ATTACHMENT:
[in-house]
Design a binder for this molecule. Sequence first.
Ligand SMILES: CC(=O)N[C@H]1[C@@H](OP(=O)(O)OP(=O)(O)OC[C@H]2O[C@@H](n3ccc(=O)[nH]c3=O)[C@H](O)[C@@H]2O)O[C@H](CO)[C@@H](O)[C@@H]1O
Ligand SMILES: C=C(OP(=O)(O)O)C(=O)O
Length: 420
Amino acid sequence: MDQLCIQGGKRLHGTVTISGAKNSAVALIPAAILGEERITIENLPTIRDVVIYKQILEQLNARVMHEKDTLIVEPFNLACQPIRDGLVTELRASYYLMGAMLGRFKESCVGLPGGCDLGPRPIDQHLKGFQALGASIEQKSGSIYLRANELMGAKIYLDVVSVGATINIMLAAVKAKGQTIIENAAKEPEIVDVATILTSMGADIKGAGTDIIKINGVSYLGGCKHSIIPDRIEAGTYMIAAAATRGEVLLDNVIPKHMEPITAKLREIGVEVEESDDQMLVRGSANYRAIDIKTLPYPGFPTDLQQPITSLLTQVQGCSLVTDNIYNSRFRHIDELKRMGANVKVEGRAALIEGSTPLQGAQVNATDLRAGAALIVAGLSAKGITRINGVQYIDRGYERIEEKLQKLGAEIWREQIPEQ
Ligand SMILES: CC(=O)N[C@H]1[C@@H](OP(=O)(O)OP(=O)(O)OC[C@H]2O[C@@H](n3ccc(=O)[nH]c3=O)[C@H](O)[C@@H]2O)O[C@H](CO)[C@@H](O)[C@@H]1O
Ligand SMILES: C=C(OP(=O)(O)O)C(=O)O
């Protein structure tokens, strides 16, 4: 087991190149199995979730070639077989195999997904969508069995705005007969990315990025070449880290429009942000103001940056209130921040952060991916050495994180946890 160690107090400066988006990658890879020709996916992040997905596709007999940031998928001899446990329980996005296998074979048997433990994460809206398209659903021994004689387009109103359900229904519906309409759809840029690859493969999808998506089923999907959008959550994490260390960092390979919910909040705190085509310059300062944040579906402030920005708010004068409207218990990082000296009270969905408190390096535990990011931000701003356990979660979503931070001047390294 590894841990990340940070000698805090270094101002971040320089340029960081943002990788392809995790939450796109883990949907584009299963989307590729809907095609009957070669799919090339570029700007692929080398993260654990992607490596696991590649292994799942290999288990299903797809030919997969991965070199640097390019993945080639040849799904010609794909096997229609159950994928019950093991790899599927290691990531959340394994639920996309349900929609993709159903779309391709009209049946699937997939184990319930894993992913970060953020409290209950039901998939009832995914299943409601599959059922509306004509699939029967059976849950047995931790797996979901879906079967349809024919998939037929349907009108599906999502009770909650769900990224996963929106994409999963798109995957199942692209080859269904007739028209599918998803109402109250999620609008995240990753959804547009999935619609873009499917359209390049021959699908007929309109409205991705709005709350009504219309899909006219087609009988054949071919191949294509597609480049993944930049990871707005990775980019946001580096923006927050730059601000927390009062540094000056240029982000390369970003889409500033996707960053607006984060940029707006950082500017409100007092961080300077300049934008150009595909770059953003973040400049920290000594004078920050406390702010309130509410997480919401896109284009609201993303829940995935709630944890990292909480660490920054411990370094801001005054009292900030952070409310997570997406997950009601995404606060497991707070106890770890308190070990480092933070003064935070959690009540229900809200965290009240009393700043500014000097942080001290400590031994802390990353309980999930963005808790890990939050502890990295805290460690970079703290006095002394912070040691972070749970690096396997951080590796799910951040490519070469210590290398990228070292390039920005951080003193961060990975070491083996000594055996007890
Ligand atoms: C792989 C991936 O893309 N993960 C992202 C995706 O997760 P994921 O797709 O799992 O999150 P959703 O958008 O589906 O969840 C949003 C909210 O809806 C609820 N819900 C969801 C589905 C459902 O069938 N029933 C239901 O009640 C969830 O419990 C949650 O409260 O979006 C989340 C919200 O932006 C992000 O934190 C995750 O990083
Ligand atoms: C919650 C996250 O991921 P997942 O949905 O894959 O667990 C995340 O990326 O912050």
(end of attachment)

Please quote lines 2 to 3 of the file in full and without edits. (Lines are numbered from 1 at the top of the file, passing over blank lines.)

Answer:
Design a binder for this molecule. Sequence first.
Ligand SMILES: CC(=O)N[C@H]1[C@@H](OP(=O)(O)OP(=O)(O)OC[C@H]2O[C@@H](n3ccc(=O)[nH]c3=O)[C@H](O)[C@@H]2O)O[C@H](CO)[C@@H](O)[C@@H]1O